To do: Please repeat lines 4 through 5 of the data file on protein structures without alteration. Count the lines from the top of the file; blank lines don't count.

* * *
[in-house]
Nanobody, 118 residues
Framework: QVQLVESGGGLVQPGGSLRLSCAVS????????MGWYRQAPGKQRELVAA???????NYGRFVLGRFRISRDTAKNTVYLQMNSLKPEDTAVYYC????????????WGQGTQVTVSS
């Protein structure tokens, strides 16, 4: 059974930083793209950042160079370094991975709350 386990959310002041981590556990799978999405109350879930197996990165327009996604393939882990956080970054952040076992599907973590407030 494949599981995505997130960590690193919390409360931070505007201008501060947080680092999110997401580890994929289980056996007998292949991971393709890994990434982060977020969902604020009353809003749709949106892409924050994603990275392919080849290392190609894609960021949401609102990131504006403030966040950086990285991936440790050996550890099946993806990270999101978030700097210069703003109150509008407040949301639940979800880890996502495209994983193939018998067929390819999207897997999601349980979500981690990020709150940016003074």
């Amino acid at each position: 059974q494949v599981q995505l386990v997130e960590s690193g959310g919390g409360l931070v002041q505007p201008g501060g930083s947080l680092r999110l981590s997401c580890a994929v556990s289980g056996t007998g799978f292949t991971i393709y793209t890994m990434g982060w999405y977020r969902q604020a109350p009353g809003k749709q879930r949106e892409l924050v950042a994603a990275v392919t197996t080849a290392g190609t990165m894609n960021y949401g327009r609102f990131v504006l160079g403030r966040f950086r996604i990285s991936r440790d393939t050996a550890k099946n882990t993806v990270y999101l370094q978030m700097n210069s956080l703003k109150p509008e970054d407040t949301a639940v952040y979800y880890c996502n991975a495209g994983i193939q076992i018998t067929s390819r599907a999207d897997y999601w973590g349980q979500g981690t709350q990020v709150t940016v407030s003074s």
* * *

């Protein structure tokens, strides 16, 4: 059974930083793209950042160079370094991975709350 386990959310002041981590556990799978999405109350879930197996990165327009996604393939882990956080970054952040076992599907973590407030 494949599981995505997130960590690193919390409360931070505007201008501060947080680092999110997401580890994929289980056996007998292949991971393709890994990434982060977020969902604020009353809003749709949106892409924050994603990275392919080849290392190609894609960021949401609102990131504006403030966040950086990285991936440790050996550890099946993806990270999101978030700097210069703003109150509008407040949301639940979800880890996502495209994983193939018998067929390819999207897997999601349980979500981690990020709150940016003074």
């Amino acid at each position: 059974q494949v599981q995505l386990v997130e960590s690193g959310g919390g409360l931070v002041q505007p201008g501060g930083s947080l680092r999110l981590s997401c580890a994929v556990s289980g056996t007998g799978f292949t991971i393709y793209t890994m990434g982060w999405y977020r969902q604020a109350p009353g809003k749709q879930r949106e892409l924050v950042a994603a990275v392919t197996t080849a290392g190609t990165m894609n960021y949401g327009r609102f990131v504006l160079g403030r966040f950086r996604i990285s991936r440790d393939t050996a550890k099946n882990t993806v990270y999101l370094q978030m700097n210069s956080l703003k109150p509008e970054d407040t949301a639940v952040y979800y880890c996502n991975a495209g994983i193939q076992i018998t067929s390819r599907a999207d897997y999601w973590g349980q979500g981690t709350q990020v709150t940016v407030s003074s």